Sustainability, quality and transparency

Sustainability is the major and crucial issue facing the essential oil world. Huge quantities of plant material are needed to produce minute amounts of essential oil. Depending on the plant, the amount of raw material required to produce one liter (about ¼ gallon) of essential oil can range from a couple of hundred kilos (about 400 pounds) to several tons.

The production of both popular and rare essential oils has resulted in several source plant species becoming endangered. Among the rare essential oils, for example, spikenard and rosewood have become so popular that the plants have become severely threatened with extinction. Sandalwood has been a popular essential oil for a long time and sandalwood trees have been threatened for a long time. For example, it was the source of the wealth of the Hawaiian royal family and other colonized people gained material wealth yet sacrificed the health of these sacred trees in many places around the world. Since authentic Indian attars are made with sandalwood essential oil, we have given the sustainability of attar-making and sandalwood a lot of thought.

Santalum album, Indian Sandalwood, has been woven into Indian culture and heritage for millenia. Sandalwood essential oil has been very important for aromatherapy, cosmetics and perfumery for centuries, making Sandalwood one of the most valuable trees in the world. The most sought-after aroma comes from the heartwood of the tree. It takes decades for the trunks of the trees to be mature enough for good quality oil. In our lifetimes we will never see the likes of some of the majestic ancient sandalwood trees that were cut down before modern preservation efforts were introduced.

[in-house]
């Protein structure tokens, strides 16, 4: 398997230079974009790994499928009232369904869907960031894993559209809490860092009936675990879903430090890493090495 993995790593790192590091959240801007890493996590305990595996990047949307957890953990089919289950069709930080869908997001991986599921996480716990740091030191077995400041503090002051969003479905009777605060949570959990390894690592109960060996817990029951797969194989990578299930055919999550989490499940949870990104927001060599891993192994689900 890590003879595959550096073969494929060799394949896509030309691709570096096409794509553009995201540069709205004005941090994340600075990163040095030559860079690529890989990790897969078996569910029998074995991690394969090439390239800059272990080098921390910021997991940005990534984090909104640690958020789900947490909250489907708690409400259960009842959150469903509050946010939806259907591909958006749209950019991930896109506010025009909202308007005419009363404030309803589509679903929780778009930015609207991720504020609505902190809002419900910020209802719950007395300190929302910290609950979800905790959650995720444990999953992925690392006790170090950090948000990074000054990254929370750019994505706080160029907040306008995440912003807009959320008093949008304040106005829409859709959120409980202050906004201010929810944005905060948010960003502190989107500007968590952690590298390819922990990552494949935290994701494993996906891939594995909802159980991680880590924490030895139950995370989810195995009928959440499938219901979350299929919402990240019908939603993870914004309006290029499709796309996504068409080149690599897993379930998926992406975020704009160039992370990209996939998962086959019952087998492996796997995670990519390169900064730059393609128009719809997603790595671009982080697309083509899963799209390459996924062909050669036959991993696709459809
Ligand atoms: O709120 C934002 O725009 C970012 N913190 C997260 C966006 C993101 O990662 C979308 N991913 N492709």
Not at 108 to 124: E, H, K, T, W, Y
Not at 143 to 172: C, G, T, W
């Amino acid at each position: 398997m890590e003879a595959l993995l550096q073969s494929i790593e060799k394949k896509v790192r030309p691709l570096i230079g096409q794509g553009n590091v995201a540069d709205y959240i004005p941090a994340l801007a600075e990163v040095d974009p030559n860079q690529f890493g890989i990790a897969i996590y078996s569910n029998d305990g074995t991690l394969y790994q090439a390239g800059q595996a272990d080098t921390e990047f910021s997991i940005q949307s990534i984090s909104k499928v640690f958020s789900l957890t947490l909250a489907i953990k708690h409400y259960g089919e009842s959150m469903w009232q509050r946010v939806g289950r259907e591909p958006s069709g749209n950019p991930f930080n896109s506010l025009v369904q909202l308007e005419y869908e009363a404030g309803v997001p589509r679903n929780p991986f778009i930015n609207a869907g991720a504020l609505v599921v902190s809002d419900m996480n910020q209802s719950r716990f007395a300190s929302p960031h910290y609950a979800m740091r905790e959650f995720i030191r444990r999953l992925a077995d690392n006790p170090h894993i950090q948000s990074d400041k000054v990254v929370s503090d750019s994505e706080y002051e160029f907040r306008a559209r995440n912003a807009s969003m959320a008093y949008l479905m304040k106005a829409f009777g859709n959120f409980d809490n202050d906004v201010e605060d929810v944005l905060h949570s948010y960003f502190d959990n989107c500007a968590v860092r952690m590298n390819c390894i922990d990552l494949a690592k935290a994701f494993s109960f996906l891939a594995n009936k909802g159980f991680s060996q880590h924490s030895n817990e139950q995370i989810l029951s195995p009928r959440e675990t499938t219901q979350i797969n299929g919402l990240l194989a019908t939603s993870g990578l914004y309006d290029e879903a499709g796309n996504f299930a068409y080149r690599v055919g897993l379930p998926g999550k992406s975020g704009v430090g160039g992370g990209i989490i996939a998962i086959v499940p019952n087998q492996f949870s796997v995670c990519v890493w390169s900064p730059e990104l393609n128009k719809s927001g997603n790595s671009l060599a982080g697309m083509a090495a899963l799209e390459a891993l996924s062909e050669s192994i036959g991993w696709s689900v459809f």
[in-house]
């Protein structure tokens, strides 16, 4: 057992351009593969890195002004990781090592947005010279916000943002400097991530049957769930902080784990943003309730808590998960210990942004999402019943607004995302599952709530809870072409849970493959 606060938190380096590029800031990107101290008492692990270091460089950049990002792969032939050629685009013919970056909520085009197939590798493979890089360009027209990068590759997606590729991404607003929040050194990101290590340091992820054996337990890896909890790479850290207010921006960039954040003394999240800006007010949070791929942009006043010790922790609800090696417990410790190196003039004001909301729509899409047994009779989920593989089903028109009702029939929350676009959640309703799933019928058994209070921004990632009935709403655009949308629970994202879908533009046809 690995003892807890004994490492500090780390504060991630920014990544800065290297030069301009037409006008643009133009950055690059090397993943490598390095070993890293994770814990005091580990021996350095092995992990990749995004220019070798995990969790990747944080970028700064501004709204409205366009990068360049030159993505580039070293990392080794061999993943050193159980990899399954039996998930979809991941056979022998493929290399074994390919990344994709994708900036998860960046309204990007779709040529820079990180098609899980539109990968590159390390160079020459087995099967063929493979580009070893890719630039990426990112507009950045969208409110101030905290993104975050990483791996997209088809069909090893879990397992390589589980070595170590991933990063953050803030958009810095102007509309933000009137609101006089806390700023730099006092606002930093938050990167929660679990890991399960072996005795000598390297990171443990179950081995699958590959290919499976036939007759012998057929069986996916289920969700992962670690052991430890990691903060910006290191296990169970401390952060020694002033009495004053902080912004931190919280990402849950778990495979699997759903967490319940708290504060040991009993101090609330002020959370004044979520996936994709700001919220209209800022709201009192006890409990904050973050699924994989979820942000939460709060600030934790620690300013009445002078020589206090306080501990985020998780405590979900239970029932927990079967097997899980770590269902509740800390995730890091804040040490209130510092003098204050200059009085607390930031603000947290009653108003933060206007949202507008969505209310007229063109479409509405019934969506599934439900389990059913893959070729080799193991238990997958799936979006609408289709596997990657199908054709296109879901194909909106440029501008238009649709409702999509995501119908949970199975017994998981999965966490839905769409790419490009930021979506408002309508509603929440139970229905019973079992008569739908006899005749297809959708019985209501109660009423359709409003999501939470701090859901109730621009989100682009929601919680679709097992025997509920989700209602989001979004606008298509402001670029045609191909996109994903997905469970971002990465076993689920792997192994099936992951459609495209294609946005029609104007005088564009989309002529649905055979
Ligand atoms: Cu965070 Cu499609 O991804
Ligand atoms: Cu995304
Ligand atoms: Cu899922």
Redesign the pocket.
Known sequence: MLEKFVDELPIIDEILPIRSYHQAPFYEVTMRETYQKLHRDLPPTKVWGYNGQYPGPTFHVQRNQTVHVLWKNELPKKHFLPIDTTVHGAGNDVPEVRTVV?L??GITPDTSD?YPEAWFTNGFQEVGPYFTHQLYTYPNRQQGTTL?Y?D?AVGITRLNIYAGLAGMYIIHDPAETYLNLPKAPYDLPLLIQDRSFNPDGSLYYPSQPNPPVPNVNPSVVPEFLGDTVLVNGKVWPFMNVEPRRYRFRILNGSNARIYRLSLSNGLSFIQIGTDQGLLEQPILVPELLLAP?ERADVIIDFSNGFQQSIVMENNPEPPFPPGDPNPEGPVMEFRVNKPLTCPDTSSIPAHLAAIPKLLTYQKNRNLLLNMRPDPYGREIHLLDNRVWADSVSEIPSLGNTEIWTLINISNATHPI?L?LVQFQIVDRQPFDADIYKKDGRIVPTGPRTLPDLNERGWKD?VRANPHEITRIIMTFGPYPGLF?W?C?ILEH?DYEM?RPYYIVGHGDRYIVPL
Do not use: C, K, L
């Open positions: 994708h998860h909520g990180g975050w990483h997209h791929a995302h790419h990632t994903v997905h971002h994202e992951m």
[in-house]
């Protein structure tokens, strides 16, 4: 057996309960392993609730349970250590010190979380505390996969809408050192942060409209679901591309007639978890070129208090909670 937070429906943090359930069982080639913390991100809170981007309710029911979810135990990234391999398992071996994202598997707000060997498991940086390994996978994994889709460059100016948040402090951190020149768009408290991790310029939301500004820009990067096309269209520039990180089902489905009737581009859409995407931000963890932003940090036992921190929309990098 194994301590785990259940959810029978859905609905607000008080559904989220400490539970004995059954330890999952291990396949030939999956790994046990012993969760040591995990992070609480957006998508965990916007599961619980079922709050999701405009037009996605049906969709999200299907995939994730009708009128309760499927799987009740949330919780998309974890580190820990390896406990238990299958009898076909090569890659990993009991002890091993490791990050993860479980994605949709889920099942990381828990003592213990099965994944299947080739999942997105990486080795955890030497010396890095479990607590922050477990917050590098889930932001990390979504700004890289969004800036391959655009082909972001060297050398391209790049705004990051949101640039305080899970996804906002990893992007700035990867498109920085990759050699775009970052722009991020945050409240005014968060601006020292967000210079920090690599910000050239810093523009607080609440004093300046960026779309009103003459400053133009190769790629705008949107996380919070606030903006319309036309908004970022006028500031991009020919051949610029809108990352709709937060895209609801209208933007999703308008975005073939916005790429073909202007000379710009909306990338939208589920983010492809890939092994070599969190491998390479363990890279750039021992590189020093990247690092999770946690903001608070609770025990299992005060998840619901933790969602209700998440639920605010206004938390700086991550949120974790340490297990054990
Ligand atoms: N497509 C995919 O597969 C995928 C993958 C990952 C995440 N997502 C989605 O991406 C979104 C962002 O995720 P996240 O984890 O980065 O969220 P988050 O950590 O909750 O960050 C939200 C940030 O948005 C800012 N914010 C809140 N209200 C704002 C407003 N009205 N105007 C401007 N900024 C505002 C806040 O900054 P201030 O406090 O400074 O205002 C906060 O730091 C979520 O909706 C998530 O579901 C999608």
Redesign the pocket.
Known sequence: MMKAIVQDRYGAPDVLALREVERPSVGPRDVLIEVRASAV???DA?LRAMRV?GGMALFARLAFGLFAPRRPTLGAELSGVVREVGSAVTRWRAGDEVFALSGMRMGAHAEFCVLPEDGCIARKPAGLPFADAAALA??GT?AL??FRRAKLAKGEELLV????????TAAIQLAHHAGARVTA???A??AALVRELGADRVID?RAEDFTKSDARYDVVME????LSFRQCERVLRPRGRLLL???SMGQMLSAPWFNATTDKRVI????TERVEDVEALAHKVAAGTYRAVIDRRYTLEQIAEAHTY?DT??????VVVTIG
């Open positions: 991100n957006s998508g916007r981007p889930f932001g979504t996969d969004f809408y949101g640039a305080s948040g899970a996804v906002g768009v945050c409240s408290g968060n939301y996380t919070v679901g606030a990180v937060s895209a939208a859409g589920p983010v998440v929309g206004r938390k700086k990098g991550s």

There are several species of sandalwood and they grow naturally in many areas across the Pacific, from Indonesia to Chile and from Hawaii to New Zealand. Santalum album grows widely in India, most particularly in the south. It has been prized for centuries and is used ceremonially among Hindus, Buddhists and Muslims, for incense and in other ways.

To make an attar, sandalwood essential oil is placed in the receiving vessel of the still. The steam carrying the fragile floral aromas, such as rose and jasmine, and even non-plant aromas such as the clay that makes mitti, are percolated through the sandalwood. Because of its unique properties, sandalwood has the capacity to capture and stabilize these fragile aromas, while at the same time ‘stepping into the background’ aromatically. In a good attar, you can barely smell the sandalwood aroma. The sandalwood oil becomes like a precious bowl or a cupped pair of hands that holds and protects the fragile floral aroma. What gives sandalwood essential oil this unique ability? No one knows for certain. Florian wonders if the oil’s capacity to absorb and hold might be a reflection of an attribute of the sandalwood tree. Sandalwood trees are actually hemi-parasites of other trees that they grow near. It is said that by the time a sandalwood tree reaches maturity, it has consumed five other trees. While the idea of being a hemi-parasite might be judged negatively by some humans, perhaps the oils ability to absorb and hold is its hidden gift—its Shadow gift.

Continual over-harvesting over hundreds of years, without any attention to replanting and replenishing the trees and protecting their habitat, has led to significant losses of natural populations, which has led to a global shortage of the oil and further increased its already very high price. Smuggling sandalwood on the black market has been another reason for its vulnerable situation today. Other things that have impacted the natural populations are spike disease, forest fires and lack of seed-bearing trees reaching maturity.